He told me that in his tradition, Kokopelli was remembered as a real person – an itinerant trader who, a very long time ago (as much as 1,200 years according to current estimates), came up out of Aztec Mexico and even more southerly lands. He brought trade goods like the copper bells, shells, and parrot feathers that have been documented in the North. He was unusual in that he was able to move freely between tribes without being killed. This was because he was not only a tradesman, but also a healer. The legends tell and the artworks show him playing his famous flute, and my friend said this was probably to announce his presence to a tribe he was approaching. They knew his flute and song and allowed him to come without a violent challenge, even if he had just come from an enemy tribe. They did this because he could bring healing techniques and medicines from his southern cultures. Although I have no proofs of it, I would presume many of these were shamanic techniques as well. To these northern tribes, he was an exotic traveling shaman/medicine man. The humpback was probably derived from his large sack of trade goods that he swung on his back. Kokopelli took advantage of his celebrity status and the power it brought him. Although you won’t see it much in the tourist art, he is often portrayed with an erection, and was known to engage with the tribal women wherever he traveled. Modern archeologists even consider him a fertility deity figure.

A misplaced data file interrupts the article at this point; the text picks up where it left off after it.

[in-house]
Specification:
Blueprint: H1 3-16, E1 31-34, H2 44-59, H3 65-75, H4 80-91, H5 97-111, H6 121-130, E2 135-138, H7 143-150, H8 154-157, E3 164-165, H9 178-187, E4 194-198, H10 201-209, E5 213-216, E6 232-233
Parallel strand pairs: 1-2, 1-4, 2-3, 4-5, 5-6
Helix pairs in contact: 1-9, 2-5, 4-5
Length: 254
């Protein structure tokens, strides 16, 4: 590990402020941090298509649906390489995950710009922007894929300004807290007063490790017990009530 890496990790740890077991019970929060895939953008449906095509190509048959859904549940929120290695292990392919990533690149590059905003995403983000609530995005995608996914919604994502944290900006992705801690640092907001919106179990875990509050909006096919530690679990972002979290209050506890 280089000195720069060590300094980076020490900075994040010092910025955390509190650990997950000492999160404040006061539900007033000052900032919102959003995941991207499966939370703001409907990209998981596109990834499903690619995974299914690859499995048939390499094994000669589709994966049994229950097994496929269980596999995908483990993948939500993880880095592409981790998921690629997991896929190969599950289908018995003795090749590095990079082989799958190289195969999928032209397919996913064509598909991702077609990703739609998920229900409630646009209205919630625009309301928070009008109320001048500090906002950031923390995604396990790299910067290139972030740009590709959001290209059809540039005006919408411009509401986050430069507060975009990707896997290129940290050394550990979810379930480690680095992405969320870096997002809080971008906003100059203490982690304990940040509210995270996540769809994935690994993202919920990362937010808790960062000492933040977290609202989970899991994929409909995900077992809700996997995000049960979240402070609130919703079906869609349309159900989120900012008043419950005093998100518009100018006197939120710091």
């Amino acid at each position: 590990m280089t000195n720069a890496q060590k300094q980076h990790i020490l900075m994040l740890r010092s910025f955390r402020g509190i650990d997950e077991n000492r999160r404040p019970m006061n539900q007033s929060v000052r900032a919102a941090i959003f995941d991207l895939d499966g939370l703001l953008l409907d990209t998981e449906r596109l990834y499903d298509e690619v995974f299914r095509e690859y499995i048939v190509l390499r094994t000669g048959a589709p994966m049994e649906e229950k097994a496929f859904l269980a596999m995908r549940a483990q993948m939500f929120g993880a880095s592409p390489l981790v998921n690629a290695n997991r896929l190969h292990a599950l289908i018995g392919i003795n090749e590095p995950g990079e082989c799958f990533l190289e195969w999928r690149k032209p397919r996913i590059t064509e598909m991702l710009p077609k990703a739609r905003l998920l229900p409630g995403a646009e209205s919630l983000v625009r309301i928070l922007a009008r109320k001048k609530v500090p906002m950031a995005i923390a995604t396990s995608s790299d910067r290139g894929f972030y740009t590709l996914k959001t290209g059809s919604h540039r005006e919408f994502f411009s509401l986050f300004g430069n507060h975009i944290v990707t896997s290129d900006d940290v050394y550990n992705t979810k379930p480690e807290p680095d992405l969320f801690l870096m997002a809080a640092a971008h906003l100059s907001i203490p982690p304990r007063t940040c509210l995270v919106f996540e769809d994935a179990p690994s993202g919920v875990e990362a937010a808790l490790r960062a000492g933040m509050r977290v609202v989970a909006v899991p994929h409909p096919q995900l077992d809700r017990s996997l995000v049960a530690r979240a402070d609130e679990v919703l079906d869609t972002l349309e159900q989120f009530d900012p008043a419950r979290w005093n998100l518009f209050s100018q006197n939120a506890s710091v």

I think there is so much we do not know about pre-Columbian people’s range of travel, capacities of trade, and interactions with distant, foreign cultures. Places like Chaco Canyon in New Mexico seem to have been religious centers linked to such trade of goods and ideas. It’s fascinating that, with our modern technologies, this new research is finding the traces of tropical chocolate still lying in the grit and whorls of these wonderful northern bowls.
(Click on any photo for full size.)